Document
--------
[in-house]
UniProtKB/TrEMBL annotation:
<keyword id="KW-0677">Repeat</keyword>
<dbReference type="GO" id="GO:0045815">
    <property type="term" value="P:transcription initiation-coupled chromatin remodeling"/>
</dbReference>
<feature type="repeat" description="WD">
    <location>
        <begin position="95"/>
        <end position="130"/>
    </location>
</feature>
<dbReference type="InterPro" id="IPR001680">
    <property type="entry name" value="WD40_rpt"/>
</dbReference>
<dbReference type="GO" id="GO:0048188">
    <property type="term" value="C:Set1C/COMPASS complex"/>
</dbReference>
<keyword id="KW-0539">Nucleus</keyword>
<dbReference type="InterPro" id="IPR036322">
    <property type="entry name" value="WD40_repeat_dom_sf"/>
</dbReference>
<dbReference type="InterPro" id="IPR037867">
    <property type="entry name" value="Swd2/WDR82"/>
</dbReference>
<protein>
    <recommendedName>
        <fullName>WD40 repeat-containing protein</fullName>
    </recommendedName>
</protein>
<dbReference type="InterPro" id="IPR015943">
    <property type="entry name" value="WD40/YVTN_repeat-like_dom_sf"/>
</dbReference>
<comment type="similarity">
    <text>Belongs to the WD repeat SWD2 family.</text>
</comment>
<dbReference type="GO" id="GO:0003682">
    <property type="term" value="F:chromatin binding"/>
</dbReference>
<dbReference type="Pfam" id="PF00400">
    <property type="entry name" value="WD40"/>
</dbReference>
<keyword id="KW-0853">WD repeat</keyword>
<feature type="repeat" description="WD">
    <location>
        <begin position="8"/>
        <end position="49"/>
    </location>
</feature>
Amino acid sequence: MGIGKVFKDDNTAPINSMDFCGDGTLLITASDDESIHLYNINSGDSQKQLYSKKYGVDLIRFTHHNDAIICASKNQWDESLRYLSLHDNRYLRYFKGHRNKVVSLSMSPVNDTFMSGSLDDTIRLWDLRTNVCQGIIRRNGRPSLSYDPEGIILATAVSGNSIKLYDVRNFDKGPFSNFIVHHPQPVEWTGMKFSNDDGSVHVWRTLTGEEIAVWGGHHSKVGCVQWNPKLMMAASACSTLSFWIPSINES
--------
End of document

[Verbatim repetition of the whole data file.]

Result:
[in-house]
UniProtKB/TrEMBL annotation:
<keyword id="KW-0677">Repeat</keyword>
<dbReference type="GO" id="GO:0045815">
    <property type="term" value="P:transcription initiation-coupled chromatin remodeling"/>
</dbReference>
<feature type="repeat" description="WD">
    <location>
        <begin position="95"/>
        <end position="130"/>
    </location>
</feature>
<dbReference type="InterPro" id="IPR001680">
    <property type="entry name" value="WD40_rpt"/>
</dbReference>
<dbReference type="GO" id="GO:0048188">
    <property type="term" value="C:Set1C/COMPASS complex"/>
</dbReference>
<keyword id="KW-0539">Nucleus</keyword>
<dbReference type="InterPro" id="IPR036322">
    <property type="entry name" value="WD40_repeat_dom_sf"/>
</dbReference>
<dbReference type="InterPro" id="IPR037867">
    <property type="entry name" value="Swd2/WDR82"/>
</dbReference>
<protein>
    <recommendedName>
        <fullName>WD40 repeat-containing protein</fullName>
    </recommendedName>
</protein>
<dbReference type="InterPro" id="IPR015943">
    <property type="entry name" value="WD40/YVTN_repeat-like_dom_sf"/>
</dbReference>
<comment type="similarity">
    <text>Belongs to the WD repeat SWD2 family.</text>
</comment>
<dbReference type="GO" id="GO:0003682">
    <property type="term" value="F:chromatin binding"/>
</dbReference>
<dbReference type="Pfam" id="PF00400">
    <property type="entry name" value="WD40"/>
</dbReference>
<keyword id="KW-0853">WD repeat</keyword>
<feature type="repeat" description="WD">
    <location>
        <begin position="8"/>
        <end position="49"/>
    </location>
</feature>
Amino acid sequence: MGIGKVFKDDNTAPINSMDFCGDGTLLITASDDESIHLYNINSGDSQKQLYSKKYGVDLIRFTHHNDAIICASKNQWDESLRYLSLHDNRYLRYFKGHRNKVVSLSMSPVNDTFMSGSLDDTIRLWDLRTNVCQGIIRRNGRPSLSYDPEGIILATAVSGNSIKLYDVRNFDKGPFSNFIVHHPQPVEWTGMKFSNDDGSVHVWRTLTGEEIAVWGGHHSKVGCVQWNPKLMMAASACSTLSFWIPSINES